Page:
MPOX 101 - Play Safe
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Chances are you’ve heard about about mpox (previously referred to as monkeypox or MPXV) over the last few months.

There’s been some information on the news, but not enough to really understand what it is and whether you need to worry about it. But never fear, today we’re bringing you up to speed. Consider this your intro to mpox!

What is mpox (also known as MPXV or monkeypox)?

Mpox (also known as ‘monkeypox’ and MPXV) is a virus that is spread mainly through skin-to-skin contact, or close contact with someone who has mpox. Most people develop symptoms 1-2 weeks from when they were exposed, but it can take up to 21 days for symptoms to appear. Most people experience a mild illness and recover within a few weeks. 

Mpox can cause a rash and is often accompanied by a fever, headache, fatigue and swollen lymph nodes. Some people may experience all of these symptoms, others just a few. The rash or sores often appear in areas that are hard to see, such as the genitals or in the mouth, but can also be found on the face, arms, chest, back and legs. For some people the rash or sores can look like pimples, for others it looks more like blisters.

Why is everyone talking about mpox?

In early May 2022 an international outbreak of mpox was reported and in July 2022, Australia declared mpox a Communicable Disease Incident of National Significance.

Currently overall globally, the number of mpox cases is trending down. Based on the latest risk assessment, the overall risk of mpox infection is assessed as moderate for men who have sex with men, and low for the broader population. However, in some regions such as central and South America, mpox cases appear to be trending upwards.

How is mpox spread?

Mpox is mainly spread from one person to another by direct skin-to-skin contact. 

It can also be spread by breathing in droplets that have been breathed out by someone who has mpox and through contact with an infected person’s bedding or clothing, but this is rare. 

Most cases in Australia have been acquired overseas, but a small number of people have caught it locally.

Who can get mpox?

Anyone in close contact with someone infected with mpox can contract it.

At this stage, most of those infected with mpox in NSW have been cis and trans men who have sex with men, but it’s important to remember that anyone can get or pass on mpox, regardless of their sexuality. Stigmatising people because of an infection or disease is never okay. 

How do I know if I have mpox?

Mpox causes a rash and is often accompanied by a fever, headache, fatigue and swollen lymph nodes. Some people may experience all of these symptoms, others just a few. 

Keep an eye out for any of these symptoms, especially if you:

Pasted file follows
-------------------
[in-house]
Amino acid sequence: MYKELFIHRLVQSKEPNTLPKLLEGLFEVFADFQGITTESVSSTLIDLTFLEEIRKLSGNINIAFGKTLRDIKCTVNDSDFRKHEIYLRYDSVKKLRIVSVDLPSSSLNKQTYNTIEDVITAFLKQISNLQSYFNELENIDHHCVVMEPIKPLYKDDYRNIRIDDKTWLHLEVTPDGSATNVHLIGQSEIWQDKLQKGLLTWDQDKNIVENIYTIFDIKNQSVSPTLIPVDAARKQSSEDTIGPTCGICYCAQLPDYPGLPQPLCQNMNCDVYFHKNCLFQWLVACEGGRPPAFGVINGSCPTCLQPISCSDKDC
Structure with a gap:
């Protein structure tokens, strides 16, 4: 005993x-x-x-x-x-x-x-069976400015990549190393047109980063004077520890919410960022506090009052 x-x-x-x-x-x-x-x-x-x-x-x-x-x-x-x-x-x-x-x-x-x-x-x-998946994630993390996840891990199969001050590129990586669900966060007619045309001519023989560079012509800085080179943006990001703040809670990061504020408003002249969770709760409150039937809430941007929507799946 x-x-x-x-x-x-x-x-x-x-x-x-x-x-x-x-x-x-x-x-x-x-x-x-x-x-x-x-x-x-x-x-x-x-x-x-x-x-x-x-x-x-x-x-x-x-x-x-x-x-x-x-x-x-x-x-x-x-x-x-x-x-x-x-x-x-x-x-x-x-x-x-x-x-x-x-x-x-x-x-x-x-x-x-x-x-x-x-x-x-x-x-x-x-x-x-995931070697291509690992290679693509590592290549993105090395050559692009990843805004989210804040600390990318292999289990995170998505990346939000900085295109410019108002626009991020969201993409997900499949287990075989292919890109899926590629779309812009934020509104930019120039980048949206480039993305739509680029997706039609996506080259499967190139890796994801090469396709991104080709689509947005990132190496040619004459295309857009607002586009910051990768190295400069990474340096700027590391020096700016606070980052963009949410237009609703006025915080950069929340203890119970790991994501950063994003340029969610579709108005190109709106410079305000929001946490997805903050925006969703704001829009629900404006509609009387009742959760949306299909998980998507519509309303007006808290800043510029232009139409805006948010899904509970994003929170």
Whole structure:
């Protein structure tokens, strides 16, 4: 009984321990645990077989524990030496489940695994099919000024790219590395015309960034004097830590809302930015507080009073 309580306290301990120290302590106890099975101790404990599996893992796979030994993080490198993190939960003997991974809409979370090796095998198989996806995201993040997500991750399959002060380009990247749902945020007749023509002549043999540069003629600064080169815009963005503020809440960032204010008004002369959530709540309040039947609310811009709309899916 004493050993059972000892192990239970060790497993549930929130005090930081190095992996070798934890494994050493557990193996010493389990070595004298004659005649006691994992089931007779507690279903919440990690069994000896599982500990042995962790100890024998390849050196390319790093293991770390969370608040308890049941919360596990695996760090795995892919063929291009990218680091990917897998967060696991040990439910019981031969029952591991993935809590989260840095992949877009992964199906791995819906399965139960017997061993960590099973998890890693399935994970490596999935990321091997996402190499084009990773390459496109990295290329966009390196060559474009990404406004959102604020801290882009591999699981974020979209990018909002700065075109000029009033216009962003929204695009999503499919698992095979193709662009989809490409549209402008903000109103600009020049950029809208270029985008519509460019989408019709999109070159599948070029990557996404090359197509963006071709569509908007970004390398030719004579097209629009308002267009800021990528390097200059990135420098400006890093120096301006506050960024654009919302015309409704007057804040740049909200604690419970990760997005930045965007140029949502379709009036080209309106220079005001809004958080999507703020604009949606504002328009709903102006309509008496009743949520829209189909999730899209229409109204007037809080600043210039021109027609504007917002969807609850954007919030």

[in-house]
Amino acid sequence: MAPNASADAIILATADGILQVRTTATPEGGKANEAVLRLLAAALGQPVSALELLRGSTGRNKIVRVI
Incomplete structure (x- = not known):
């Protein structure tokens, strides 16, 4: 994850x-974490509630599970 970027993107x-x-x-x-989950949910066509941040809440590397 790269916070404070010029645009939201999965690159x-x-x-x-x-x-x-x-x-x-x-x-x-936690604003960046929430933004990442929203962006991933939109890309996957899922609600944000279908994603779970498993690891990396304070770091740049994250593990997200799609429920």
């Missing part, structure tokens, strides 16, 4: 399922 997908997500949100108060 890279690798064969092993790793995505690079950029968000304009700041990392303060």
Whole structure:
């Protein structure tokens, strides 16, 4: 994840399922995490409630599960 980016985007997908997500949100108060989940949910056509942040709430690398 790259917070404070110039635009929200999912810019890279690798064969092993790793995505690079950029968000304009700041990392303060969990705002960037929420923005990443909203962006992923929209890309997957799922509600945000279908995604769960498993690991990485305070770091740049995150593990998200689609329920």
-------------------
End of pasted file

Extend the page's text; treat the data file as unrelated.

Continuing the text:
• have attended any gatherings involving skin-to-skin contact (dance parties, sex parties, clubs etc)
  • have recently returned from an overseas location with a lot of mpox cases (USA, Europe and South America).

If you have been identified as a close contact of someone who has tested positive for mpox, you’ll get a call from the NSW Public Health Unit to let you know.

How is mpox treated?

Most people infected with mpox only experience mild symptoms that get better in a few weeks without treatment. If you are at high risk of complications, if you’re immunocompromised for instance, your doctor will let you know and set you up with some supportive treatment options.

How can I minimise my risk against mpox?

There are a number of ways you can reduce your risk of contracting mpox including:

  • Avoiding close contact with people who have mpox. 
  • Avoiding contact with any items like clothing, bedding or towels that may have been in contact with a person infected with mpox.
  • Practicing good hygiene after sex such as washing your hands and keeping sex toys clean.
  • Swapping contact info with your sexual partners to help with contact tracing if needed.
  • If you’re eligible, get vaccinated (we talk more about this below)

Check out more tips from our friends at ACON here.

Can I get vaccinated against mpox?

Given the recent surge of cases worldwide, there is currently a global shortage of mpox vaccines, which is why people who are at highest risk are being vaccinated first. 

In NSW, if you’re considered ‘higher risk’ for mpox infection, you are likely eligible for the mpox vaccine. The vaccine is currently available to:

  • all sexually active gay and bisexual men (cis and trans)
  • sex workers 
  • sexual partners of the people above

If that’s you, go ahead and book a mpox vaccination appointment here.

If you are not eligible for the vaccine – it’s likely that you’re at ‘low risk’ for mpox infection. 

For more information, check out the NSW Health mpox vaccination page here.

What should I do if I think I have mpox?

If you have symptoms or have been in close contact with someone infected with mpox you need to self-isolate and call your GP or local sexual health clinic for advice on next steps.

Remember, mpox is very treatable, but self-isolating until you receive the all-clear will help keep your friends and family safe. 

If you have any questions about mpox, call NSW Sexual Health Infolink on 1800 451 624.


Do you have questions about sexual health? Why not join the conversation on the Play Safe sex and relationship forum or ask Nurse Nettie a question. Or find out more about STI testing and STI treatment in Sydney and NSW, you’ll find all the information you need here

We acknowledge the Traditional Custodians of the land on which we live and work and recognise their ongoing connection to land, waters and communities. We pay our respects to Elders past and present and extend that respect to all Aboriginal and Torres Strait Islander peoples today.

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